[0091]FIG. 8 shows a patient monitoring system comprising a ventilator 180, the ventilator comprising a metabolic rate meter such as an indirect calorimeter, the ventilator system communicating determined metabolic rate values to a controller 182. The controller 182 can comprise a software program executed by a processor, and may be part of a separate controller module or included within the housing of the ventilator. The system further comprises a data input mechanism such as a keyboard 184, an alert 186, a display 188, a medical treatment application system 190, a patient feeding system such as an infusion pump 192, an environmental control 194, a memory 196, a clock 198, a physiological monitor 200, and a ventilator control 202. The patient's demographic data can be entered using the data input mechanism 184, allowing a normal metabolic rate to be estimated for the patient using for example the Harris Benedict equation or similar equation. Alternatively, a known normal metabolic rate can be entered, for example as determined before an accident, surgery, treatment, or other event responsible for use of the ventilator system. The metabolic rate determined by the indirect calorimeter included in ventilator system 180 can be compared with a known or estimated metabolic rate. Acceptable ratio ranges can be stored in the memory 196. Treatment suggestions can be provided to an attendant medical professional using the display 188, based on the absolute value of metabolic rate or the value of determined metabolic rate with a known or estimated normal metabolic rate. The display 188 can display visual representations of the patient's metabolic rate, such as numeric displays, bar charts, and other graphics such as colored warning symbols. Treatment suggestions and the correlation with metabolic rate can be stored in the memory, for example as part of an expert system. Medical treatment can be dispensed, for example using misters, aerosols (possibly built into the ventilator flow path), sprays, injections, infusers, and other applicators. Feeding can also be controlled by the determined metabolic rate, for example as discussed in Int. App. WO01/156454 to Mault et al. Medication application can be combined with feeding, using an injection mechanism or infusion pump. For example, a nutritional liquid may be combined with drugs and the composition and application of the combination controlled by the determined metabolic rate.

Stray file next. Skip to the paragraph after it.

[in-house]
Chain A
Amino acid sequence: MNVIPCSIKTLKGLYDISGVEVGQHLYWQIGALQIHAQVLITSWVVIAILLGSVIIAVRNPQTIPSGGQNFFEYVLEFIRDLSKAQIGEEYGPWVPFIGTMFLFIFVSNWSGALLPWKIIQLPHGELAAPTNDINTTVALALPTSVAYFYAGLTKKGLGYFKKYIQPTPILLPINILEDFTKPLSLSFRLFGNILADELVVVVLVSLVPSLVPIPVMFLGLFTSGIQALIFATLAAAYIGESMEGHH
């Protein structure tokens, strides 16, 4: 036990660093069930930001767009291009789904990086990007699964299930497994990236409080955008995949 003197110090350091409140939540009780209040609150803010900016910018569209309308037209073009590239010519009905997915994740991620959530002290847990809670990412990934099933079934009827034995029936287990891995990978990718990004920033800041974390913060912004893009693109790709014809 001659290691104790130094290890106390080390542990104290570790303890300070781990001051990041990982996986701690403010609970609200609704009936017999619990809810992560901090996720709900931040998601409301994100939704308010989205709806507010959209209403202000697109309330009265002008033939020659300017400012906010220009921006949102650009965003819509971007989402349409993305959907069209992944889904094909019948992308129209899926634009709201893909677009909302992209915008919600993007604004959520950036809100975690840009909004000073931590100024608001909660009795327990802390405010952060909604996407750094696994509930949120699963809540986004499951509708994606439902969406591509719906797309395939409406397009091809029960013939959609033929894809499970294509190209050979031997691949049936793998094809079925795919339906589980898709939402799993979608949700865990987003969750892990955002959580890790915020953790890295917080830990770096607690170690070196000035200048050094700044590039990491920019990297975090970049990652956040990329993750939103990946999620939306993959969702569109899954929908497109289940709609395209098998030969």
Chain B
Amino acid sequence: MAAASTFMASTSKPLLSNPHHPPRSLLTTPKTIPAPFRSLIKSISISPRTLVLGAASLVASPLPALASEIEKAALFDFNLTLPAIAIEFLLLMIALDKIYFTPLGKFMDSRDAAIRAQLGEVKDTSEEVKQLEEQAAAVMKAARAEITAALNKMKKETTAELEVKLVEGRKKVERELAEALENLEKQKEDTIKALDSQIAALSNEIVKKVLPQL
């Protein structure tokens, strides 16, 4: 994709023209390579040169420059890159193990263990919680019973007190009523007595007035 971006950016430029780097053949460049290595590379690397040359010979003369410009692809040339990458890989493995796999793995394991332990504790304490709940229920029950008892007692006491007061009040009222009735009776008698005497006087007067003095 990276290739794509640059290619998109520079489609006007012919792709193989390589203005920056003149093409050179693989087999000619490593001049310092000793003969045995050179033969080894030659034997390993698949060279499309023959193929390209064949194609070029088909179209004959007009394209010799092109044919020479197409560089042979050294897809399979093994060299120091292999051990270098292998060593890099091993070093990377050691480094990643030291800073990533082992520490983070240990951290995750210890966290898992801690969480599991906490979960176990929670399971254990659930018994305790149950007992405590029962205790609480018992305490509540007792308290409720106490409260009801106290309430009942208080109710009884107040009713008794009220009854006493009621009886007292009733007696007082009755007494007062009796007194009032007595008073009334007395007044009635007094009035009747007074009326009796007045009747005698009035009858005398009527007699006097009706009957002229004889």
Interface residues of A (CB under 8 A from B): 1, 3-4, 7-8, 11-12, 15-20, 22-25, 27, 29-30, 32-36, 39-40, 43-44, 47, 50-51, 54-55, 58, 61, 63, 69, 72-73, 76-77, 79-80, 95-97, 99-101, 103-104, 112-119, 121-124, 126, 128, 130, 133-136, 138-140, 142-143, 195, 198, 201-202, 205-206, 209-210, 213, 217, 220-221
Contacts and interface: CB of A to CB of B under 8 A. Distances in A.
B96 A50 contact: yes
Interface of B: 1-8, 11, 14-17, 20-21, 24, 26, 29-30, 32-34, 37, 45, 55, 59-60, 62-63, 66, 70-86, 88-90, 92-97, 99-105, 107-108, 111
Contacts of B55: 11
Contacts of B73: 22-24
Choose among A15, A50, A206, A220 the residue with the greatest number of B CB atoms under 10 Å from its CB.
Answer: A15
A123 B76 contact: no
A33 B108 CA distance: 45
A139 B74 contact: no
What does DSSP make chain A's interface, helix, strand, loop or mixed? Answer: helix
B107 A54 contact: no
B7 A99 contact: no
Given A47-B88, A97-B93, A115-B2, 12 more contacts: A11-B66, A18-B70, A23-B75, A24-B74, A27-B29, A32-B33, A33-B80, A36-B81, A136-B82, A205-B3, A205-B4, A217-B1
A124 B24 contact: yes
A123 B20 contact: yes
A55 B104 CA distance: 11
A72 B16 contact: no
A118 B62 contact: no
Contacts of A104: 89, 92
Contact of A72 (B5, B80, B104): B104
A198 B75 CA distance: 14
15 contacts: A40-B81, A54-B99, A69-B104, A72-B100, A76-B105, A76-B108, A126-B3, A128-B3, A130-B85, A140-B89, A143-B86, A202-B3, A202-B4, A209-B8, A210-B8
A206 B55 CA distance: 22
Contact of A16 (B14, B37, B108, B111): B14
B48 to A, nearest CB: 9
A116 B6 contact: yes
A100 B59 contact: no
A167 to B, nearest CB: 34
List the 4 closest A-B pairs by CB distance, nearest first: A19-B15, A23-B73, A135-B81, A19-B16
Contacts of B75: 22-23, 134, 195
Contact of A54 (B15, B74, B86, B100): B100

[0092] Advice can be provided to an attendant medical professional using the display 188. The alert 186 can sound or illuminate, depending on the nature of the alert, if the metabolic rate is within a dangerous range. Dangerous ranges may be stored within the memory 196. The environmental control 194 can also be controlled in a manner corresponding to the patient condition. For example, the environment can be cooled if the body temperature of the patient is too high. The physiological monitor system 200 can provide any suitable or useful diagnostic physiological parameter, such as pulse rate, body temperature, and other parameters. The physiological monitor can be a single sensor, or a combination of sensors.

[0093] An expert system, for example a software programming running within a processor of the controller 182 in conjunction with a database stored within memory 196, can be used to diagnose problems using available data such as metabolic rate, physiological parameters provided by the physiological monitor system 200, other respiratory parameters such as breathing frequency, breathing volume, and the like. The environmental control can also comprise control of ambient light, noise, aroma, and any other environmental factor. This might include the playing of soft music, adjusting lighting, and providing other feedback mechanisms such as aromas as discussed elsewhere in this specification. It can be found that even for an unconscious patient, certain feedback mechanisms will be useful in assisting the recovery of the patient, for example through the lowering of a metabolic rate.

[0094] Improved Resting Metabolic Rate Measurements